Thieving Partner Ratted Out CU National’s McGrath To Feds

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NEWARK, N.J. – The FBI investigation into a massive fraud at U.S. Mortgage Corp. and its CU National subsidiary conducted by Michael McGrath its president was initially uncovered by one of McGrath’s business partners, who was negotiating his own plea in a separate mortgage fraud.
Gerald Carti, a former loan officer and shareholder of U.S. Mortgage, eventually agreed to plead guilty to a multi-million dollar loan flipping scheme, according to prosecutors in both cases. As part of the scheme, Carti and his co-conspirators purchased cheap two- and three-family rental homes in distressed neighborhoods of Patterson, N.J., and then flipped them at grossly inflated prices to unqualified buyers whose loan applications were doctored with bogus incomes, bank account balances and assets.
Carti, 63, earned $1 million a year as one of U.S. Mortgage’s most successful loan originators, but much of that success was due to his willingness to commit fraud, according to prosecutors.
Investigators sought Carti’s cooperation in 2005, before anyone was charged, but “he thought he could beat this” and refused to cut a deal, according to court records in the case. Carti also encouraged his sons to help investigators unravel a massive $140 million scheme involving the fraudulent sale of loans to Fannie Mae that resulted in a 2009 guilty plea McGrath, the former U.S. Mortgage president who was sentenced yesterday to 14 years in prison.
A third U.S. Mortgage officer, Frank Corallo pleaded guilty in a separate case to a scheme to originate subprime mortgage loans during 2004 while working as a loan officer and processor at U.S. Mortgage Corp. At the direction of his superiors at U.S. Mortgage, Corallo helped pay off several mortgage loans that U.S. Mortgage had originated fraudulently. Corallo brokered new, fraudulent subprime loans to pay off the old loans and provide additional money to other participants in the scheme. It is not clear if Corallo also helped the FBI with the McGrath case.
To date, only one other U.S. Mortgage employee, Leroy Hayden, a servicing manager, has been convicted in the CU National fraud.
The cases were unwound by a special mortgage crimes task force created by the Justice Department which was coordinated by the FBI, the U.S. Postal Service, the Department of Housing and Urban Development and the IRS.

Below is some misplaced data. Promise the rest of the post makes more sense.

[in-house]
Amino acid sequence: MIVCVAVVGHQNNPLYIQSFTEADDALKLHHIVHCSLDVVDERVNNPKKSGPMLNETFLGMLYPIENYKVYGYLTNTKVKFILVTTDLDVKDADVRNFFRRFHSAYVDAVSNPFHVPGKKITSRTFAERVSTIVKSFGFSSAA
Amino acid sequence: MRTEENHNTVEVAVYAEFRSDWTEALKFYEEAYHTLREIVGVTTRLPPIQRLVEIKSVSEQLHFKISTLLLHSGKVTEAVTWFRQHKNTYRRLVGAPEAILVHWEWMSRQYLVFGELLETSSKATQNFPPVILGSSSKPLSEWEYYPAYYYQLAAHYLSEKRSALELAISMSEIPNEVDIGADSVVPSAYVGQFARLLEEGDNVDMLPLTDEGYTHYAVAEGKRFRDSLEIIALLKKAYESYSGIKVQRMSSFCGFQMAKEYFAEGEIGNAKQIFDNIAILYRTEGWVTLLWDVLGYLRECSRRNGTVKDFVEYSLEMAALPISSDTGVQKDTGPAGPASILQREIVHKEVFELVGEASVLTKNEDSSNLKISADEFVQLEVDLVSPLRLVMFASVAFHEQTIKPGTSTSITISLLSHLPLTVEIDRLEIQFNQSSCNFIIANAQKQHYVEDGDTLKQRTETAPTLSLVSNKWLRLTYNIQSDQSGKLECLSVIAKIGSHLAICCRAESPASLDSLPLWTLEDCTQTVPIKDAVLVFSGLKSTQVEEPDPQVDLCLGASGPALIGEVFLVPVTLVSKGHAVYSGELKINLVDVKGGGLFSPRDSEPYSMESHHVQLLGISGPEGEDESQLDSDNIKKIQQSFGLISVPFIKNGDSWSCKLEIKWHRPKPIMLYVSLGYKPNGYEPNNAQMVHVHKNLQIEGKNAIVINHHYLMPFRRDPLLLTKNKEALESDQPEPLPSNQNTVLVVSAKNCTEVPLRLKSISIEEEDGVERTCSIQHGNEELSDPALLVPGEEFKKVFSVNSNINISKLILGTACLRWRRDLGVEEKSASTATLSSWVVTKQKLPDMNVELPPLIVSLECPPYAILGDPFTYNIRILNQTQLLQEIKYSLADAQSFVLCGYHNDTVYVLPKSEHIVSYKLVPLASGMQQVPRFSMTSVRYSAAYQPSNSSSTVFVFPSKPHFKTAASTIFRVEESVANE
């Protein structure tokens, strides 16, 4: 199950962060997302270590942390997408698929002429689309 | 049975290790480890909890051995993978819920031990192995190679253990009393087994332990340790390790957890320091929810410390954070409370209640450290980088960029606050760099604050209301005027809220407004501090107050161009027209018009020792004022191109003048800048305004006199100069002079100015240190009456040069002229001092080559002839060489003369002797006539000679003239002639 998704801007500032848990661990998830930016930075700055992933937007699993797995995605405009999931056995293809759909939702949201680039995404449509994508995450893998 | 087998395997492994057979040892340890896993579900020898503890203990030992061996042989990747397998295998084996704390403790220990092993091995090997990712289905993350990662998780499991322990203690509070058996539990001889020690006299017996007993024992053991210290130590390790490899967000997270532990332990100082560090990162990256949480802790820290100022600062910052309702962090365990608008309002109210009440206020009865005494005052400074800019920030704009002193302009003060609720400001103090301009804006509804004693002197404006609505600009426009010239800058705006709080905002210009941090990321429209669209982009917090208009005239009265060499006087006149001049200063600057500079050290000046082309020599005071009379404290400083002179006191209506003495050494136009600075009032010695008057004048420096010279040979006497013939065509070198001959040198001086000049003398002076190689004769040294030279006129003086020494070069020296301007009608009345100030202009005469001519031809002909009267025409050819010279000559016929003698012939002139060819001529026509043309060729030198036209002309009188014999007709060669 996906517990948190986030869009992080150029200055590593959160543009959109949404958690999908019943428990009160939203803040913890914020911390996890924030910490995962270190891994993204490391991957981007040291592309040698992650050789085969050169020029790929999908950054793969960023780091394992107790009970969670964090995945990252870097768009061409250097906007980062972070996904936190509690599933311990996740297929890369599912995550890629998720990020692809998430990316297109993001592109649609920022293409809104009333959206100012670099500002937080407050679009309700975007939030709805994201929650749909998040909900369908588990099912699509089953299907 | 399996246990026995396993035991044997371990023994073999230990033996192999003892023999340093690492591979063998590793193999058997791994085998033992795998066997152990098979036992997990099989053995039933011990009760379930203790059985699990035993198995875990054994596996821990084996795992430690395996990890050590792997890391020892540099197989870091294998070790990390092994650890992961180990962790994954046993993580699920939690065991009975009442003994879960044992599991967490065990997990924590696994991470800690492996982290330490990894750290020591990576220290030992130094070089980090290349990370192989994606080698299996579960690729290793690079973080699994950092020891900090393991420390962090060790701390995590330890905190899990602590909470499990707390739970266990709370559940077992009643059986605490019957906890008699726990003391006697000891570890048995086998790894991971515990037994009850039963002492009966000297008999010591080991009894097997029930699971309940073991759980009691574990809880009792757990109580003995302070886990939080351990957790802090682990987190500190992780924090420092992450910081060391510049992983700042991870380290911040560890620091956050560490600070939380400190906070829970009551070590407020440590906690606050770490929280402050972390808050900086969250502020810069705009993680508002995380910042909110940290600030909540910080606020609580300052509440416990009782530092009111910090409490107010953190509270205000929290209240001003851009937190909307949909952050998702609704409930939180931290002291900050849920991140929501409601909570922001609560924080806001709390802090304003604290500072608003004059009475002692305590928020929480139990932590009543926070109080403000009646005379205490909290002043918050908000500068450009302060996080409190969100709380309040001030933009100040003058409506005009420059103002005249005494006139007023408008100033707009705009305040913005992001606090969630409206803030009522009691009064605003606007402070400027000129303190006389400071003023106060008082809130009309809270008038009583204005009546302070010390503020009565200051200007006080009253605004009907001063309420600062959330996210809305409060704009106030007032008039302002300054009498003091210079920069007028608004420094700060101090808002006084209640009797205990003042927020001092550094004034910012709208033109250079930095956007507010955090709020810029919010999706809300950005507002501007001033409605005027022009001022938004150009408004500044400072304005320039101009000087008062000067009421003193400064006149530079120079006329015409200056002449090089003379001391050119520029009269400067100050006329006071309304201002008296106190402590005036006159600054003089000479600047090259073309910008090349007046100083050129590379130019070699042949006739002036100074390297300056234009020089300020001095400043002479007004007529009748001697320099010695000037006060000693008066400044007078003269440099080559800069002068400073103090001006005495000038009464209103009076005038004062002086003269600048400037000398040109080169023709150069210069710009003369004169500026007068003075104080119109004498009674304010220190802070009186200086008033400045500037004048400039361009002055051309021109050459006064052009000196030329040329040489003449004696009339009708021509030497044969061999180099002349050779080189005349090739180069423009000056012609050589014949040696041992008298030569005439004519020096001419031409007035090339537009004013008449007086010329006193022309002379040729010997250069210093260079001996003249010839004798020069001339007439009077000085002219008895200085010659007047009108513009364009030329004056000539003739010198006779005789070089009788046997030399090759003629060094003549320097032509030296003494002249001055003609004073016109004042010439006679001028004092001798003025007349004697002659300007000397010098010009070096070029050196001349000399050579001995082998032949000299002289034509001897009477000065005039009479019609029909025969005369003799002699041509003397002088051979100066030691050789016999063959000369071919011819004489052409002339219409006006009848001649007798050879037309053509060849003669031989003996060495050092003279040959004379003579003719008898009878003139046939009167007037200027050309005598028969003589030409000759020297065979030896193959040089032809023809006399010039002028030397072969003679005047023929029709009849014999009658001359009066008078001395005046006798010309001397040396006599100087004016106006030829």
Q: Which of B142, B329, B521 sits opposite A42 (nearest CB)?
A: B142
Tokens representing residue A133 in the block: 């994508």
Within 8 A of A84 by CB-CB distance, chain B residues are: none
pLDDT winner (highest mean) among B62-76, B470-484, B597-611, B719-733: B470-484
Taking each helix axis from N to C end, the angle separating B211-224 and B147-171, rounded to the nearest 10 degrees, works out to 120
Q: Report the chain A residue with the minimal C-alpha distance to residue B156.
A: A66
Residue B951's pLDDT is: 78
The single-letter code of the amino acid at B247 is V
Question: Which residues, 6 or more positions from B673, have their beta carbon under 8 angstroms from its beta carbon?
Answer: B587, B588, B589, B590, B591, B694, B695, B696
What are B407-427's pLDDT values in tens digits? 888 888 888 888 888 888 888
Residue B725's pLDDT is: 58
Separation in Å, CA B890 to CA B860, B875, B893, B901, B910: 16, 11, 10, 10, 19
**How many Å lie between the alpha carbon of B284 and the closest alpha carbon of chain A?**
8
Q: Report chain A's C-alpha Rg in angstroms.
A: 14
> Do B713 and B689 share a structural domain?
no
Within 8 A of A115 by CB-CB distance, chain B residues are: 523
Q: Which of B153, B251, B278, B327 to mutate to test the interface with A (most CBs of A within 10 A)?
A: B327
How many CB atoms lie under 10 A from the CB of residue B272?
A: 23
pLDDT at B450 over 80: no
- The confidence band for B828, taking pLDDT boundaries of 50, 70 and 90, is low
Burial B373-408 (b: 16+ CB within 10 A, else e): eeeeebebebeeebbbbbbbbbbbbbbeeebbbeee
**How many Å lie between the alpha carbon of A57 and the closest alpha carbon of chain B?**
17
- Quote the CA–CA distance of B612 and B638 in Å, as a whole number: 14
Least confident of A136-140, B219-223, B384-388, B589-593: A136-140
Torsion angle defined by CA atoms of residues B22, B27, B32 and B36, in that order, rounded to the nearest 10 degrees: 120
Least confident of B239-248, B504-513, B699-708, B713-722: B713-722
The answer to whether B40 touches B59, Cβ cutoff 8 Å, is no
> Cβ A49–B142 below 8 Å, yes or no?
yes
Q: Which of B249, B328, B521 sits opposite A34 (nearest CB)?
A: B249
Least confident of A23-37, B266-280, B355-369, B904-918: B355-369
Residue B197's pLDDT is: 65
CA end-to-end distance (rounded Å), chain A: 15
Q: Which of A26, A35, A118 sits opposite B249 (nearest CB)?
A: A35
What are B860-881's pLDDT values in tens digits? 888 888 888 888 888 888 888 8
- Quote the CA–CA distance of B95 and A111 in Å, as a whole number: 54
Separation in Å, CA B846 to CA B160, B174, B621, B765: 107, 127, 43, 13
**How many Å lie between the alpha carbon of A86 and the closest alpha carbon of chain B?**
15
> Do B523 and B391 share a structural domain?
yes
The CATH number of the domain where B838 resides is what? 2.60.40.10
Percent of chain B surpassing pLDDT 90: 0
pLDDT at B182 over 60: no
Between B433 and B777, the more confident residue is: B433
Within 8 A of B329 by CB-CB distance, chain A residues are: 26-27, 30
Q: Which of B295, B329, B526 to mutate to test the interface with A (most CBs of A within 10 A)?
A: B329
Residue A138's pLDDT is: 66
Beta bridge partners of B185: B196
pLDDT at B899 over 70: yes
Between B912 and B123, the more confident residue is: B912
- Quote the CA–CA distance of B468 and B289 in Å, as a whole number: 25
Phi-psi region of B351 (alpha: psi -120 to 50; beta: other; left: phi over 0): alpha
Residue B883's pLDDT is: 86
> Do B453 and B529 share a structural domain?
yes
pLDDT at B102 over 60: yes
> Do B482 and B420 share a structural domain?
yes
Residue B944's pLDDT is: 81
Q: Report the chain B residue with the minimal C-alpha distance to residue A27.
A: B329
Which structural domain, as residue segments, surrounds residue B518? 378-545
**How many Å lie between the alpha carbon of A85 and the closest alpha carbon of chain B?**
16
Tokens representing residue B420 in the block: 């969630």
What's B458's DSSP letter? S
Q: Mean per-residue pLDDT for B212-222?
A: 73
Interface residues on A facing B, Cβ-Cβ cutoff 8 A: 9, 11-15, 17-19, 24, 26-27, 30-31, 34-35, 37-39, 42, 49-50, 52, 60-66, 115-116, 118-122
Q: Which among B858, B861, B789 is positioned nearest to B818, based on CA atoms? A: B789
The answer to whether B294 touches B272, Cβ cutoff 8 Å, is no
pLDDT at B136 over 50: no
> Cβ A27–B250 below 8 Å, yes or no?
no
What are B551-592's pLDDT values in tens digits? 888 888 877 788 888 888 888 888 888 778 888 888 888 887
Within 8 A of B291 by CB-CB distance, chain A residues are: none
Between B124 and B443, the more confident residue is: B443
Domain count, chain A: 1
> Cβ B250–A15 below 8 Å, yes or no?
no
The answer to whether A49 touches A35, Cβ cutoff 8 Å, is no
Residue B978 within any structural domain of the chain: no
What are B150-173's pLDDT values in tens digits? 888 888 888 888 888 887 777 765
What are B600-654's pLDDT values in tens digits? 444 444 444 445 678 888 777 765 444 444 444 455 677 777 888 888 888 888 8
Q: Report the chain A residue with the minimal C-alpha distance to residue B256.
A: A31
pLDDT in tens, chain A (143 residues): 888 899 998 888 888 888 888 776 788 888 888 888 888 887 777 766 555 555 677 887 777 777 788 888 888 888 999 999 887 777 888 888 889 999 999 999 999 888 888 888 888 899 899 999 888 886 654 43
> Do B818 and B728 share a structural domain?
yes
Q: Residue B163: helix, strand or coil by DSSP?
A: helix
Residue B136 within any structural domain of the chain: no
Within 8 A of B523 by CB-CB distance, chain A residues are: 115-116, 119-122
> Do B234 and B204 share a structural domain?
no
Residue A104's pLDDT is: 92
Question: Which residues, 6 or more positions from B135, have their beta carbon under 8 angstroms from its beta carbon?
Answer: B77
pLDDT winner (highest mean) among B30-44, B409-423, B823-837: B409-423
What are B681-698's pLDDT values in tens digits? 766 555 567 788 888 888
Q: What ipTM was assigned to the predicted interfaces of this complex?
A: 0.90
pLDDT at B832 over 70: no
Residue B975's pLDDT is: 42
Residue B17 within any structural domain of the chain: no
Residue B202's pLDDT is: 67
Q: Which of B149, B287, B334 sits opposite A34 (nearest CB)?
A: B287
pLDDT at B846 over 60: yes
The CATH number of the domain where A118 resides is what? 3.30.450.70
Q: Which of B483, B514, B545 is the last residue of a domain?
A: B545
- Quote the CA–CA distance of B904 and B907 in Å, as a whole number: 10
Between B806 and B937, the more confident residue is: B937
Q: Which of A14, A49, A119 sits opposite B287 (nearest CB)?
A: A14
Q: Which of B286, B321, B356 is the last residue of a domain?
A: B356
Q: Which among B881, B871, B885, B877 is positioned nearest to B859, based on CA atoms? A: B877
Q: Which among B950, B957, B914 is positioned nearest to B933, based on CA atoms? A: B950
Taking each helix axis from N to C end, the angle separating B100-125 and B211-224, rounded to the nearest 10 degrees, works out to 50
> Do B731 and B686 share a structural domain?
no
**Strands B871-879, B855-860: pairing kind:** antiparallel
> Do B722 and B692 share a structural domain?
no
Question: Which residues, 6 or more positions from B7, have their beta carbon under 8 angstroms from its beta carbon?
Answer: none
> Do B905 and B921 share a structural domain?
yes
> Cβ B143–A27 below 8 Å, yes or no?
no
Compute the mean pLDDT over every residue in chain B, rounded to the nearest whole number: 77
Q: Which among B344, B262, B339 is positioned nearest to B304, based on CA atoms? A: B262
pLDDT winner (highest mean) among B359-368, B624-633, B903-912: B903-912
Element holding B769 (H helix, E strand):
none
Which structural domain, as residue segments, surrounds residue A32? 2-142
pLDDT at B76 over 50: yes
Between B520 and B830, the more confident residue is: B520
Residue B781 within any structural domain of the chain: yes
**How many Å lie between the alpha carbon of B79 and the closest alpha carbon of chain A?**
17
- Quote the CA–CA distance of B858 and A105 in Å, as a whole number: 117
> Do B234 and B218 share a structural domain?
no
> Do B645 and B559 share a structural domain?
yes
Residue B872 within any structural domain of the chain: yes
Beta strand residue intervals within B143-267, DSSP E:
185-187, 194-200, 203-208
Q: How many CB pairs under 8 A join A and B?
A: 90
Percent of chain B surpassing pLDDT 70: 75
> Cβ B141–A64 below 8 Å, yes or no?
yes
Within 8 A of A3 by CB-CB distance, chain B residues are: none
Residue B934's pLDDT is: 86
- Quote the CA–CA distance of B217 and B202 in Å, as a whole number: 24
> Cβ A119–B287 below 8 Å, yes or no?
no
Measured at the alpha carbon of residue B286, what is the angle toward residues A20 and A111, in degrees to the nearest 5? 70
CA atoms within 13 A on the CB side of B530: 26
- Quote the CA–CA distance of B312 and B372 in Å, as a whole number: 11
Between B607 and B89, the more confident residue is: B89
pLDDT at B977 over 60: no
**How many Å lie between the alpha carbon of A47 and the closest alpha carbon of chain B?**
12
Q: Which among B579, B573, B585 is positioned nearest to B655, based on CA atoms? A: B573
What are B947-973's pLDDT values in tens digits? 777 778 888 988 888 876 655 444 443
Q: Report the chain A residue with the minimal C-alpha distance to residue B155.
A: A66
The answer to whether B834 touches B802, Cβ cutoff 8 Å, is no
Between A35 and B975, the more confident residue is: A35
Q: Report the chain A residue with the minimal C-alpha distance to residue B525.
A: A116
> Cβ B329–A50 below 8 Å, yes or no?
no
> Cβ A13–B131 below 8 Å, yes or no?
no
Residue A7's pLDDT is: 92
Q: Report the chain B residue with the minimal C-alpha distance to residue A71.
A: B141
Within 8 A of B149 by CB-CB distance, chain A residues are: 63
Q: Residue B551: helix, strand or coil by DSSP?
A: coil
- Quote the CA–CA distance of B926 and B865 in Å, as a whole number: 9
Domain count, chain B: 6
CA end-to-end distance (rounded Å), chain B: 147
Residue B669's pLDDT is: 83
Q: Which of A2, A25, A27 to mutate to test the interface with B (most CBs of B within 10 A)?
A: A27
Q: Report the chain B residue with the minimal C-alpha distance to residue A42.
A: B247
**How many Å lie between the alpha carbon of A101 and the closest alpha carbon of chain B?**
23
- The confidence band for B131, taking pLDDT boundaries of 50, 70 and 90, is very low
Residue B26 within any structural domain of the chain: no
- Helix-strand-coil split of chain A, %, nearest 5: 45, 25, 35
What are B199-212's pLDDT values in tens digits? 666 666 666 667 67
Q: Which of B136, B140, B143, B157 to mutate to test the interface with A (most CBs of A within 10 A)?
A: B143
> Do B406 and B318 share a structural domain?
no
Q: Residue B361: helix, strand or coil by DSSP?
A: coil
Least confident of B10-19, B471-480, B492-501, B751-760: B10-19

NEWARK, N.J. – The FBI investigation into a massive fraud at U.S. Mortgage Corp. and its CU National subsidiary conducted by Michael McGrath its president was initially uncovered by one of McGrath’s business partners, who was negotiating his own plea in a separate mortgage fraud.

Gerald Carti, a former loan officer and shareholder of U.S. Mortgage, eventually agreed to plead guilty to a multi-million dollar loan flipping scheme, according to prosecutors in both cases. As part of the scheme, Carti and his co-conspirators purchased cheap two- and three-family rental homes in distressed neighborhoods of Patterson, N.J., and then flipped them at grossly inflated prices to unqualified buyers whose loan applications were doctored with bogus incomes, bank account balances and assets.

Carti, 63, earned $1 million a year as one of U.S. Mortgage’s most successful loan originators, but much of that success was due to his willingness to commit fraud, according to prosecutors.

Investigators sought Carti’s cooperation in 2005, before anyone was charged, but “he thought he could beat this” and refused to cut a deal, according to court records in the case. Carti also encouraged his sons to help investigators unravel a massive $140 million scheme involving the fraudulent sale of loans to Fannie Mae that resulted in a 2009 guilty plea McGrath, the former U.S. Mortgage president who was sentenced yesterday to 14 years in prison.

A third U.S. Mortgage officer, Frank Corallo pleaded guilty in a separate case to a scheme to originate subprime mortgage loans during 2004 while working as a loan officer and processor at U.S. Mortgage Corp. At the direction of his superiors at U.S. Mortgage, Corallo helped pay off several mortgage loans that U.S. Mortgage had originated fraudulently. Corallo brokered new, fraudulent subprime loans to pay off the old loans and provide additional money to other participants in the scheme. It is not clear if Corallo also helped the FBI with the McGrath case.

To date, only one other U.S. Mortgage employee, Leroy Hayden, a servicing manager, has been convicted in the CU National fraud.

The cases were unwound by a special mortgage crimes task force created by the Justice Department which was coordinated by the FBI, the U.S. Postal Service, the Department of Housing and Urban Development and the IRS.

 

 

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